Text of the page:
1 February 2020 Susannah

Sport in Novels

Harry Potter plays Quidditch

Reading Beartown this month, and spending time watching the Australian Open tennis, has made me think about great sporting moments in novels. Do you have some favourite fictional sporting matches? I love the Quidditch games in the Harry Potter books, but that, of course, is not an actual sport. I find cricket hideously boring in real life, but am happy to read about it, and there’s a great cricket match in The Go-Between when young Leo executes a stunning catch. I also love the Aussie country cricket match in Mates at Billabong when Jim Linton saves the day for his team. Anthony Trollope imagines a cricket match set in the future in his strange novel The Fixed Period in which machines bowl the ball – he makes it sounds quite exciting.

I had to play school hockey for one hideous term (every girl in the team was bigger than me – the sight of some stick-wielding girl charging towards me was utterly terrifying) but I did love reading of girls in school stories playing hockey – Babs Redfern in the Bessie Bunter books was a superb hockey player, if I recall. Lucia of the glorious Mapp and Lucia series by E.F. Benson takes up golf, though she thinks it is a “foolish game”, and there are some hilarious matches in the series between Major Benjy and Captain Puffin.

P.G. Wodehouse includes great comic golf games in his Jeeves and Wooster novels, James Bond plays golf against Goldfinger (when Sean Connery had to play golf for the film version of the scene, it began his life-long addiction to the game), and there’s a great scene in The Great Gatsby when Jordan Baker cheats at golf.

The best description ever written of a rugby game comes from P.G. Wodehouse in The Ordeal of Young Tuppy. Tuppy, who is trying to prove himself a hero of the field to the girl he loves, spends the game being buried deep in mud, getting bruised, and disappearing beneath what seems like a herd of charging wild beasts – a wonderfully apt description of ‘thugby’, in my opinion. Kiwi author Lloyd Jones has a novel about rugby called Book of Fame which I enjoyed.

Swimming and surfing feature largely in Australian novels – Puberty Blues, Barracuda, Breath, The Life, amongst others. Mary Wesley’s Jumping the Queue opens and closes memorably with a swimming scene.

Reading about sport is not something I usually do. I never go near the sports section of a bookshop (unless buying a gift for husband or sons), I do not read the sports pages in a newspaper. However, I do occasionally enjoy a sporting episode in fiction.

Have I missed any of your special favourites? Do let me know in a comment.

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Header image credit- Harry Potter plays Quidditch, Public Domain, https://harrypotter.fandom.com/wiki/Quidditch
Body image credit- Women Playing Field Hockey, ‘School Girls’ Story Book’, 1930s
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Comments (14)

  1. helen

    Although I can’t remember the names of the books or the authors,I do recall(during my primary school years),reading books that were set in English boarding schools where the students played lacrosse.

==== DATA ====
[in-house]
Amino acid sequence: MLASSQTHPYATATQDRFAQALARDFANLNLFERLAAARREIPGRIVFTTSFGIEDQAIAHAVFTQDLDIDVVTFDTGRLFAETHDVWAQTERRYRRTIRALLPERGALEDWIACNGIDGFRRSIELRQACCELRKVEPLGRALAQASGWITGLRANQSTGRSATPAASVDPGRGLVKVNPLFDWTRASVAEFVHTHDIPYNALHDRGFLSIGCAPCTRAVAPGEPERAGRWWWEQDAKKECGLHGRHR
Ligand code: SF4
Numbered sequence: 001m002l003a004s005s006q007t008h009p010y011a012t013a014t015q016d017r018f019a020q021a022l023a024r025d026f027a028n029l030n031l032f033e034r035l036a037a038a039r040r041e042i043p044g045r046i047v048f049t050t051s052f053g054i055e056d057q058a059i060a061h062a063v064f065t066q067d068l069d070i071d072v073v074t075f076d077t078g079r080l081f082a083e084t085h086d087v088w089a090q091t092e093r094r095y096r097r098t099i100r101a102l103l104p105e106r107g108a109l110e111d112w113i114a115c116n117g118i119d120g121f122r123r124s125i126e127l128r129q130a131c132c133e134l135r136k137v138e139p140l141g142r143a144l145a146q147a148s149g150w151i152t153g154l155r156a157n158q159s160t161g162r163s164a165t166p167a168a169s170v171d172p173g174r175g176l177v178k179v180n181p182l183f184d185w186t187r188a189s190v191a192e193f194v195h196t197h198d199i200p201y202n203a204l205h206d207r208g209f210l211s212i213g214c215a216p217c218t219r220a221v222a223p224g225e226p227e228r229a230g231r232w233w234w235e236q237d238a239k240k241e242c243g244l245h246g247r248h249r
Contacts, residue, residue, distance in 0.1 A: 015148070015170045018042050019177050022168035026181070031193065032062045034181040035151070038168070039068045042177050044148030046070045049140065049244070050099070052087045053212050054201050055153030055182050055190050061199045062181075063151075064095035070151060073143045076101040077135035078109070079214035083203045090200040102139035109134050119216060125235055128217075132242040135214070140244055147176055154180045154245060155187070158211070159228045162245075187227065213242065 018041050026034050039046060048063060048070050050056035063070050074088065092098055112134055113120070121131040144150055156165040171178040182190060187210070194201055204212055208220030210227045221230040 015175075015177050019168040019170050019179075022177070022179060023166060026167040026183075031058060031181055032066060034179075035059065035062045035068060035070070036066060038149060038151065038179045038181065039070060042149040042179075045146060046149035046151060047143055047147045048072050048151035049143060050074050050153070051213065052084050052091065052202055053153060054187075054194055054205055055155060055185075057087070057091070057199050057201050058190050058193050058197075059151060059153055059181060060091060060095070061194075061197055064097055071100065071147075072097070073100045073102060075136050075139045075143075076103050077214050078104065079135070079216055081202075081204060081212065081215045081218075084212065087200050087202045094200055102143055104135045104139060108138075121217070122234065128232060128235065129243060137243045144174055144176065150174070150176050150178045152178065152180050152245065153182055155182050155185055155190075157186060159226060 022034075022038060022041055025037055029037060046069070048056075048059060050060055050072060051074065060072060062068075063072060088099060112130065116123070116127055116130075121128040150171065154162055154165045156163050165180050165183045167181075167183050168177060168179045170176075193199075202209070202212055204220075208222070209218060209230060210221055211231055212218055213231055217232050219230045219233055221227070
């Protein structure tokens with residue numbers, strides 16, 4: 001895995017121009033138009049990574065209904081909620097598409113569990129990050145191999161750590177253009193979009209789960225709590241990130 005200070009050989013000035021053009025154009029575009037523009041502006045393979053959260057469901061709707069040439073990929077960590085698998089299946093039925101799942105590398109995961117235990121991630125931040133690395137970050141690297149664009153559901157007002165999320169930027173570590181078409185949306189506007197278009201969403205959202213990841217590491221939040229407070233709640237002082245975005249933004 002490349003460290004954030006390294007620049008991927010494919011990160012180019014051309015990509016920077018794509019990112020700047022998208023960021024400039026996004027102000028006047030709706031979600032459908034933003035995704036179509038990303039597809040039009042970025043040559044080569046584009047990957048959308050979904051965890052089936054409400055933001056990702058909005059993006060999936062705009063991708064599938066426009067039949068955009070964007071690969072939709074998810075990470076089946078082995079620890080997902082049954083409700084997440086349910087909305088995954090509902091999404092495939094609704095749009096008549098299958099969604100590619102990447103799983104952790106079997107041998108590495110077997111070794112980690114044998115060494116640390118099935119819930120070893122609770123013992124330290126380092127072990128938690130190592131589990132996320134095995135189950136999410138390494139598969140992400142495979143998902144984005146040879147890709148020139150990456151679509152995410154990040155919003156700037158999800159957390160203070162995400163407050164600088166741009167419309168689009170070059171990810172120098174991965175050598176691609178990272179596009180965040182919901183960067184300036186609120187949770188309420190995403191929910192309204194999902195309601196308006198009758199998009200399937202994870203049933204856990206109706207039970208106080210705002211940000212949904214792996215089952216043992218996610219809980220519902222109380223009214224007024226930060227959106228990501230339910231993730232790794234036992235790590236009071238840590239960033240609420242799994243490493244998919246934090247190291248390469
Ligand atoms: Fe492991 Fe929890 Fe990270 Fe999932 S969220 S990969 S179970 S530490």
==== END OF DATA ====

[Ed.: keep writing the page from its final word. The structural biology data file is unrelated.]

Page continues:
It was all very jolly from what I can recall. To my surprise, many years later my non-sporty 12 year old son joined the local lacrosse team. I had so much pleasure watching him play this game.
    Helen

    • Susannah Fullerton

      I have never seen lacrosse played, but of course have read of it in boarding school stories too. Isn’t it played with some sort of net-like stick?

  2. Sari Erasmus-Hickey

    One of John Grisham’s books: Playing for Pizza – has a sporting theme. Because of that, I remember it because it is a diversion from his usual.

    • Susannah Fullerton

      He is a very keen baseball player and I believe has created a baseball pitch where local kids can come and play for free on his property.

  3. helen

    Yes,that’s right, Susannah.
    Perhaps there might be some literary loving lacrosse players out there who can share their experiences! Helen

  4. I can’t remember reading that many story books about sports, I read books by various authors writing about their sport, but I confess to being a sports nut. I have my own seat for my Sharks, used to meet my grandson and go and watch Sydney FC ( I still have trouble understanding the Off Side Rule) I played a number of sports at school, played cricket with the boys, have never stopped loving the game in all it’s forms. My youngest grandson loves the Big Bash, so his Nana makes sure he gets to go. I would like to say I did play tennis for years and swam competitively. However I always have a book in the bag I take anywhere.One can love books and also sport.

    • Susannah Fullerton

      You are a good grandma. I’m afraid taking my grandchildren to sport might be a rare occurrence, but at least I’ll be reading them lots of books!

  5. Philomena Lapsley

    The Enfield Tennis Academy in Infinite Jest. David Foster Wallace was himself an elite tennis player in his teenage years. I love sport. It is the quintessential metaphor for life

  6. Kevin Byrne

    England Their England is a wonderful satirical comic novel from the 1930’s but particularly well known for the entire chapter devoted to a village cricket match from the point of view of an outsider-wonderful gentle humour….

    • Susannah Fullerton

      Another one to add to my ‘to-read’ list – thanks. I have seen that list where cricket is explained to foreigners and it’s very funny.

  7. Pip

    Antonia Forest wrote a series of books about the Marlow family – some at school and some at home. There is quite a lot of sport in them especially in the “The Cricket Term” – it’s brilliant.

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